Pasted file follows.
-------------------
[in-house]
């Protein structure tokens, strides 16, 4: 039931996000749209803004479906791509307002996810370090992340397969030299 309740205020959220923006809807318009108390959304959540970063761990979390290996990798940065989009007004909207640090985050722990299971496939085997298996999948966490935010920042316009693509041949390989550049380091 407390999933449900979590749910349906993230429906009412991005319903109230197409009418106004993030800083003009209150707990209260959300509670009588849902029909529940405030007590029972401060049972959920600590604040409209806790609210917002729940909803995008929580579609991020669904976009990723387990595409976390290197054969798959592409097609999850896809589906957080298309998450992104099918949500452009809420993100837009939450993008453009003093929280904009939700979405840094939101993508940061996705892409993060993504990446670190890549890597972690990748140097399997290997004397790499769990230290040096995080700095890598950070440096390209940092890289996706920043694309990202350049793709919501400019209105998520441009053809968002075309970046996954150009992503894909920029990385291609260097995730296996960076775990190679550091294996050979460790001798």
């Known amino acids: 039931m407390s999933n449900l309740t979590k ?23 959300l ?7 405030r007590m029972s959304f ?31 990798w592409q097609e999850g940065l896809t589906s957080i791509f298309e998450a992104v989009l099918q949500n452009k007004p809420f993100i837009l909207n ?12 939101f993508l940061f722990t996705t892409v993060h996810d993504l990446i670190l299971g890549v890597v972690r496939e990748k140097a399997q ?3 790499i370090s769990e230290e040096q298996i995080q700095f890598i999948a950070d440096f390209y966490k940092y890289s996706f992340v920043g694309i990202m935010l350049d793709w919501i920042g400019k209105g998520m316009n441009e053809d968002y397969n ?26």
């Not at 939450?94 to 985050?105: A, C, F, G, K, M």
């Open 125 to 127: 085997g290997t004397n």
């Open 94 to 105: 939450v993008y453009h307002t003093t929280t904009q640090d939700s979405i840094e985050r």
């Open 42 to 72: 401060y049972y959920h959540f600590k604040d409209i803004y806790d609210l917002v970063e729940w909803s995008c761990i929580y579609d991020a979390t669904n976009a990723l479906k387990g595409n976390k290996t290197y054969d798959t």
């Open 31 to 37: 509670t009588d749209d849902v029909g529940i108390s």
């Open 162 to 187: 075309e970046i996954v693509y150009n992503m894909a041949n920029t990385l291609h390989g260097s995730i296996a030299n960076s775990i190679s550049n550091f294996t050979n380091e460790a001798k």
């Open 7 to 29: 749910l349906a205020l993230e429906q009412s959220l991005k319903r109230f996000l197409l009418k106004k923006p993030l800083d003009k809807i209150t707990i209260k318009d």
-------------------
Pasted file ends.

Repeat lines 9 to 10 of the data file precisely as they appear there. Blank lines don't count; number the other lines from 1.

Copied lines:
């Open 162 to 187: 075309e970046i996954v693509y150009n992503m894909a041949n920029t990385l291609h390989g260097s995730i296996a030299n960076s775990i190679s550049n550091f294996t050979n380091e460790a001798k």
């Open 7 to 29: 749910l349906a205020l993230e429906q009412s959220l991005k319903r109230f996000l197409l009418k106004k923006p993030l800083d003009k809807i209150t707990i209260k318009d």